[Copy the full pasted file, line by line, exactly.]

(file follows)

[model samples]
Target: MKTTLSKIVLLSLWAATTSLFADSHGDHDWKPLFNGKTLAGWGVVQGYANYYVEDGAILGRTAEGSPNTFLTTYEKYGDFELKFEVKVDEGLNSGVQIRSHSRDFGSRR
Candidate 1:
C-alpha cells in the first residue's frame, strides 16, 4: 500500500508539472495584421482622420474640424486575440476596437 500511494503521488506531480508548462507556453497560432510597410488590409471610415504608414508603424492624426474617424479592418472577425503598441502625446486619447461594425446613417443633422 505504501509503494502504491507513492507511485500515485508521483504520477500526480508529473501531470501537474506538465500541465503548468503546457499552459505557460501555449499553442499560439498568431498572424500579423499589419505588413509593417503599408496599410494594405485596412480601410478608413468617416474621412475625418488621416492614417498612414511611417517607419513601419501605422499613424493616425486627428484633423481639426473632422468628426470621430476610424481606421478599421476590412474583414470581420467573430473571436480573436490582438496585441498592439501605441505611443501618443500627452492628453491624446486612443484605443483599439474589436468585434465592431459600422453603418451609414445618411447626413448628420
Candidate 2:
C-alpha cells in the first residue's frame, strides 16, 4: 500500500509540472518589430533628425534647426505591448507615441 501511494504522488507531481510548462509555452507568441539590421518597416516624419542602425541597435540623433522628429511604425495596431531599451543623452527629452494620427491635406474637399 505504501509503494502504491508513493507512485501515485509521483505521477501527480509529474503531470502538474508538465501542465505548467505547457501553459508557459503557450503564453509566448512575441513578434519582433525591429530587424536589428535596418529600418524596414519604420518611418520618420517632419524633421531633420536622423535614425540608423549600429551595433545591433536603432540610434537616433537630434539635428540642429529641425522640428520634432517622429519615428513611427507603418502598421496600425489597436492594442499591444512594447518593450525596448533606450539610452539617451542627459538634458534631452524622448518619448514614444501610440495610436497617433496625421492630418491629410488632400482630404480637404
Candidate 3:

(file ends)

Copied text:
[model samples]
Target: MKTTLSKIVLLSLWAATTSLFADSHGDHDWKPLFNGKTLAGWGVVQGYANYYVEDGAILGRTAEGSPNTFLTTYEKYGDFELKFEVKVDEGLNSGVQIRSHSRDFGSRR
Candidate 1:
C-alpha cells in the first residue's frame, strides 16, 4: 500500500508539472495584421482622420474640424486575440476596437 500511494503521488506531480508548462507556453497560432510597410488590409471610415504608414508603424492624426474617424479592418472577425503598441502625446486619447461594425446613417443633422 505504501509503494502504491507513492507511485500515485508521483504520477500526480508529473501531470501537474506538465500541465503548468503546457499552459505557460501555449499553442499560439498568431498572424500579423499589419505588413509593417503599408496599410494594405485596412480601410478608413468617416474621412475625418488621416492614417498612414511611417517607419513601419501605422499613424493616425486627428484633423481639426473632422468628426470621430476610424481606421478599421476590412474583414470581420467573430473571436480573436490582438496585441498592439501605441505611443501618443500627452492628453491624446486612443484605443483599439474589436468585434465592431459600422453603418451609414445618411447626413448628420
Candidate 2:
C-alpha cells in the first residue's frame, strides 16, 4: 500500500509540472518589430533628425534647426505591448507615441 501511494504522488507531481510548462509555452507568441539590421518597416516624419542602425541597435540623433522628429511604425495596431531599451543623452527629452494620427491635406474637399 505504501509503494502504491508513493507512485501515485509521483505521477501527480509529474503531470502538474508538465501542465505548467505547457501553459508557459503557450503564453509566448512575441513578434519582433525591429530587424536589428535596418529600418524596414519604420518611418520618420517632419524633421531633420536622423535614425540608423549600429551595433545591433536603432540610434537616433537630434539635428540642429529641425522640428520634432517622429519615428513611427507603418502598421496600425489597436492594442499591444512594447518593450525596448533606450539610452539617451542627459538634458534631452524622448518619448514614444501610440495610436497617433496625421492630418491629410488632400482630404480637404
Candidate 3: